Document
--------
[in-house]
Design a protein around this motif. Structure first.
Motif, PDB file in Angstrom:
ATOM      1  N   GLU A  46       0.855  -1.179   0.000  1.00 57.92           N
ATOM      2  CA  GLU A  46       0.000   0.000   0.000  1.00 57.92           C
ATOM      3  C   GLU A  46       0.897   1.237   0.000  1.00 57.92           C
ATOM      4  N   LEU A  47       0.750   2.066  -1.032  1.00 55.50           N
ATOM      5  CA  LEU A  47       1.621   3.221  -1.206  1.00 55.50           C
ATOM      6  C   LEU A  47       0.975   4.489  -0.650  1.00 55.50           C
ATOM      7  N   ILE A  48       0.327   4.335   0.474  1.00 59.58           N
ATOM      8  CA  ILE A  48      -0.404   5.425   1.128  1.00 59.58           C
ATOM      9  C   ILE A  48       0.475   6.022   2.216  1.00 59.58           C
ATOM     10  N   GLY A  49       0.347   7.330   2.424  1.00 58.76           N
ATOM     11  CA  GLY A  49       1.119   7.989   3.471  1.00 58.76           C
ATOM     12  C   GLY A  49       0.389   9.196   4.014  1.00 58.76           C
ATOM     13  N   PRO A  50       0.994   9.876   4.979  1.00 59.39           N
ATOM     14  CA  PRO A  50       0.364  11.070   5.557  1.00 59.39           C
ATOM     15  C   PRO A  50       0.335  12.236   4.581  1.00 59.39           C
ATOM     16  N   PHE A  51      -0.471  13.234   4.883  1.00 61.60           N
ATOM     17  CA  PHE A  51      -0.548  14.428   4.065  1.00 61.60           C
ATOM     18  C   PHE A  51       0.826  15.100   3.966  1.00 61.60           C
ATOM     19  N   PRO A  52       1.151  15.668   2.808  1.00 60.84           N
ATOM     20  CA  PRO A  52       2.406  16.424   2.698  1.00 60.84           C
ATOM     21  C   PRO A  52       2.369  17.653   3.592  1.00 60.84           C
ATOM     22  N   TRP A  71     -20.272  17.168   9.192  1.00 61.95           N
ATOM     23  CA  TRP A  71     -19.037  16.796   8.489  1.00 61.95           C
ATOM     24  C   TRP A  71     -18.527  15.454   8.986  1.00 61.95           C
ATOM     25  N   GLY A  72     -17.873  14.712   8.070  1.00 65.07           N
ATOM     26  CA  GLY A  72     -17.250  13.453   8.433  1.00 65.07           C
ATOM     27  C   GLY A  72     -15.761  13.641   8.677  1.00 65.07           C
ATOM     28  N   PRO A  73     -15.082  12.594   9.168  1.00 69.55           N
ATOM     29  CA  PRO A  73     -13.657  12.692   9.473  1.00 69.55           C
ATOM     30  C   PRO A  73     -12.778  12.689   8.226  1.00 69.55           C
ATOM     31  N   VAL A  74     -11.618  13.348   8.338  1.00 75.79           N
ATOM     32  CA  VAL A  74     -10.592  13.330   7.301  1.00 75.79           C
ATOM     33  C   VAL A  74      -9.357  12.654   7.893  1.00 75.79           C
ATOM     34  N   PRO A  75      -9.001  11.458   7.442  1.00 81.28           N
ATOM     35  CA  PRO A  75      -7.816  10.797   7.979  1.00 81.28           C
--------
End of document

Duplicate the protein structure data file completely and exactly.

[in-house]
Design a protein around this motif. Structure first.
Motif, PDB file in Angstrom:
ATOM      1  N   GLU A  46       0.855  -1.179   0.000  1.00 57.92           N
ATOM      2  CA  GLU A  46       0.000   0.000   0.000  1.00 57.92           C
ATOM      3  C   GLU A  46       0.897   1.237   0.000  1.00 57.92           C
ATOM      4  N   LEU A  47       0.750   2.066  -1.032  1.00 55.50           N
ATOM      5  CA  LEU A  47       1.621   3.221  -1.206  1.00 55.50           C
ATOM      6  C   LEU A  47       0.975   4.489  -0.650  1.00 55.50           C
ATOM      7  N   ILE A  48       0.327   4.335   0.474  1.00 59.58           N
ATOM      8  CA  ILE A  48      -0.404   5.425   1.128  1.00 59.58           C
ATOM      9  C   ILE A  48       0.475   6.022   2.216  1.00 59.58           C
ATOM     10  N   GLY A  49       0.347   7.330   2.424  1.00 58.76           N
ATOM     11  CA  GLY A  49       1.119   7.989   3.471  1.00 58.76           C
ATOM     12  C   GLY A  49       0.389   9.196   4.014  1.00 58.76           C
ATOM     13  N   PRO A  50       0.994   9.876   4.979  1.00 59.39           N
ATOM     14  CA  PRO A  50       0.364  11.070   5.557  1.00 59.39           C
ATOM     15  C   PRO A  50       0.335  12.236   4.581  1.00 59.39           C
ATOM     16  N   PHE A  51      -0.471  13.234   4.883  1.00 61.60           N
ATOM     17  CA  PHE A  51      -0.548  14.428   4.065  1.00 61.60           C
ATOM     18  C   PHE A  51       0.826  15.100   3.966  1.00 61.60           C
ATOM     19  N   PRO A  52       1.151  15.668   2.808  1.00 60.84           N
ATOM     20  CA  PRO A  52       2.406  16.424   2.698  1.00 60.84           C
ATOM     21  C   PRO A  52       2.369  17.653   3.592  1.00 60.84           C
ATOM     22  N   TRP A  71     -20.272  17.168   9.192  1.00 61.95           N
ATOM     23  CA  TRP A  71     -19.037  16.796   8.489  1.00 61.95           C
ATOM     24  C   TRP A  71     -18.527  15.454   8.986  1.00 61.95           C
ATOM     25  N   GLY A  72     -17.873  14.712   8.070  1.00 65.07           N
ATOM     26  CA  GLY A  72     -17.250  13.453   8.433  1.00 65.07           C
ATOM     27  C   GLY A  72     -15.761  13.641   8.677  1.00 65.07           C
ATOM     28  N   PRO A  73     -15.082  12.594   9.168  1.00 69.55           N
ATOM     29  CA  PRO A  73     -13.657  12.692   9.473  1.00 69.55           C
ATOM     30  C   PRO A  73     -12.778  12.689   8.226  1.00 69.55           C
ATOM     31  N   VAL A  74     -11.618  13.348   8.338  1.00 75.79           N
ATOM     32  CA  VAL A  74     -10.592  13.330   7.301  1.00 75.79           C
ATOM     33  C   VAL A  74      -9.357  12.654   7.893  1.00 75.79           C
ATOM     34  N   PRO A  75      -9.001  11.458   7.442  1.00 81.28           N
ATOM     35  CA  PRO A  75      -7.816  10.797   7.979  1.00 81.28           C